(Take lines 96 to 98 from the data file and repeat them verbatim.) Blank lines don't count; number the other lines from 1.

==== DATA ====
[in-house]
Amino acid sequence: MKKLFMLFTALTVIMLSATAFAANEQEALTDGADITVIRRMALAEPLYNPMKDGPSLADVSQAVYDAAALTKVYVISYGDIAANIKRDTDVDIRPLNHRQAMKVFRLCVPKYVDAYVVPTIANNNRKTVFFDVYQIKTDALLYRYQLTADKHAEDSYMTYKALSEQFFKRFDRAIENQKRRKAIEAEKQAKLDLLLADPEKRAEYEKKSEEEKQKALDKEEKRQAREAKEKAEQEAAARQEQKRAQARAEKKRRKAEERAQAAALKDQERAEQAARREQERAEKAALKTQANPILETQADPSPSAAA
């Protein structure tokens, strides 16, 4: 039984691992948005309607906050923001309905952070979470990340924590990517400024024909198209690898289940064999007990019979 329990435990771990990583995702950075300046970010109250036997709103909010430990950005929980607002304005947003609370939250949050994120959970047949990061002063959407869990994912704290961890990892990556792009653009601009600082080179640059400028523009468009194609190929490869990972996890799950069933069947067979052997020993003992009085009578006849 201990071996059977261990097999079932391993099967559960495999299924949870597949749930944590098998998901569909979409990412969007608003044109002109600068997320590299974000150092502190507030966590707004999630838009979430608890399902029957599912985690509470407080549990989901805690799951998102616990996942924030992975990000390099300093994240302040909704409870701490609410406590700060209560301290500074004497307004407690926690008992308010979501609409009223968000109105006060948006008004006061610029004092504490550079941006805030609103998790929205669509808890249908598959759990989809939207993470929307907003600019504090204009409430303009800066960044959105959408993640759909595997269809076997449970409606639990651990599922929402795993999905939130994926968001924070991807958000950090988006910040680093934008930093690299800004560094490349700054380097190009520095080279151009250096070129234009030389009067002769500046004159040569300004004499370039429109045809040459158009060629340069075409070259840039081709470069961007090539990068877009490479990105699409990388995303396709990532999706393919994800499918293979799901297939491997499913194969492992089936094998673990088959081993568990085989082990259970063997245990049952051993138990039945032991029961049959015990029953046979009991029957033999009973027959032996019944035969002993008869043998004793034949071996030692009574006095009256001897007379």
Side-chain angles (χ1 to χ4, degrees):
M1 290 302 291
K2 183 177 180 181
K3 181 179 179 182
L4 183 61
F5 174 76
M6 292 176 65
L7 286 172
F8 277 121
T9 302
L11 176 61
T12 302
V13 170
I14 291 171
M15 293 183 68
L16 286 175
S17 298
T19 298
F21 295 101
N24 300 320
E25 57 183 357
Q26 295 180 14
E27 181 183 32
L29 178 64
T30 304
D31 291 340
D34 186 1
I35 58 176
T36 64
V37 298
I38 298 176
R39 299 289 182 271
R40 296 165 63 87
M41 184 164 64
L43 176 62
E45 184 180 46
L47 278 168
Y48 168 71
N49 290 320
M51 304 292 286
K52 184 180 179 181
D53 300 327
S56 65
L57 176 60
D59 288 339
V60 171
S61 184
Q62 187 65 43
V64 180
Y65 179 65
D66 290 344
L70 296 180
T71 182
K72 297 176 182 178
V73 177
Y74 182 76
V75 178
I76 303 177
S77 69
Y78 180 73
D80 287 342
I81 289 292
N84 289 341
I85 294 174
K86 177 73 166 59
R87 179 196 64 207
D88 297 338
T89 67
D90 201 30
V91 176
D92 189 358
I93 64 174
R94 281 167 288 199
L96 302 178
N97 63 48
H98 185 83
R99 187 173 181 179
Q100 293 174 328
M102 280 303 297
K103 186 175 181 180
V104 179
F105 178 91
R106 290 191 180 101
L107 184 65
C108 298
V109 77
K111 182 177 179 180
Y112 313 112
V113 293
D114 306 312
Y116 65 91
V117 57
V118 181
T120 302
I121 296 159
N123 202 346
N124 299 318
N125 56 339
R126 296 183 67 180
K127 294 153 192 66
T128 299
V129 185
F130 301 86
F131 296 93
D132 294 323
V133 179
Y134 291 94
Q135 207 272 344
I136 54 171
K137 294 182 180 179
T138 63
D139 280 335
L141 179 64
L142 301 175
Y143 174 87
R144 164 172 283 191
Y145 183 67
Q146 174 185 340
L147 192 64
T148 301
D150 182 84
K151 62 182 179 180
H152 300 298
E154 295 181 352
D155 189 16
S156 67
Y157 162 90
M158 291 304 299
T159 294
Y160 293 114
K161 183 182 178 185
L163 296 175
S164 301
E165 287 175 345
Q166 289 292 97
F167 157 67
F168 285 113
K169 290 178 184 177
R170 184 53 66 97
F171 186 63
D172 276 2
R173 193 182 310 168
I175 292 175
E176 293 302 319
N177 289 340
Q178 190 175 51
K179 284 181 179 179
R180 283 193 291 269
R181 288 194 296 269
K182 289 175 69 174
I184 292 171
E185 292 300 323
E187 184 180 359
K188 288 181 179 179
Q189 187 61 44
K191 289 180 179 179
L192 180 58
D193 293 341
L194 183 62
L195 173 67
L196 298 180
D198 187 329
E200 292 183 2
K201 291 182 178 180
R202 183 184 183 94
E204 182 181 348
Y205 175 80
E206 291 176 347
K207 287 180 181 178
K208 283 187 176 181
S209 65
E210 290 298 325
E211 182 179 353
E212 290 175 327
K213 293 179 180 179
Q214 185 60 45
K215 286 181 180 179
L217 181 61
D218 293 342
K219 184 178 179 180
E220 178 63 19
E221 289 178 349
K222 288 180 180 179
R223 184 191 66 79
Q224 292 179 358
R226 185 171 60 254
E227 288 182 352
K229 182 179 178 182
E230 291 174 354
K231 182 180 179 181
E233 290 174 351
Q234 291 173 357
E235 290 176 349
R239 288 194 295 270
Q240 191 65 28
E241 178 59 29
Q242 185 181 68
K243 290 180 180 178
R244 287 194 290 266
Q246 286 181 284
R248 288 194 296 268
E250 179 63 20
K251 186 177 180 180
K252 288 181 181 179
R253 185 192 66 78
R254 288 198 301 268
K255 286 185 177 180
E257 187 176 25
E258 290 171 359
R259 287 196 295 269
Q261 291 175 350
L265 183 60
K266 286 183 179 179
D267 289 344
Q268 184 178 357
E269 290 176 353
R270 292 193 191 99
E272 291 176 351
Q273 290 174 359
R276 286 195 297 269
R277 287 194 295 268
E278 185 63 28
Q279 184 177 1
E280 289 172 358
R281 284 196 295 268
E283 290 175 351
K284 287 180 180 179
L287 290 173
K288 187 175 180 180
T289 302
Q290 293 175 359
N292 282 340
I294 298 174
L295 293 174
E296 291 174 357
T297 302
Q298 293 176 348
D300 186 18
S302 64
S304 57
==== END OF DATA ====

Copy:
V118 181
T120 302
I121 296 159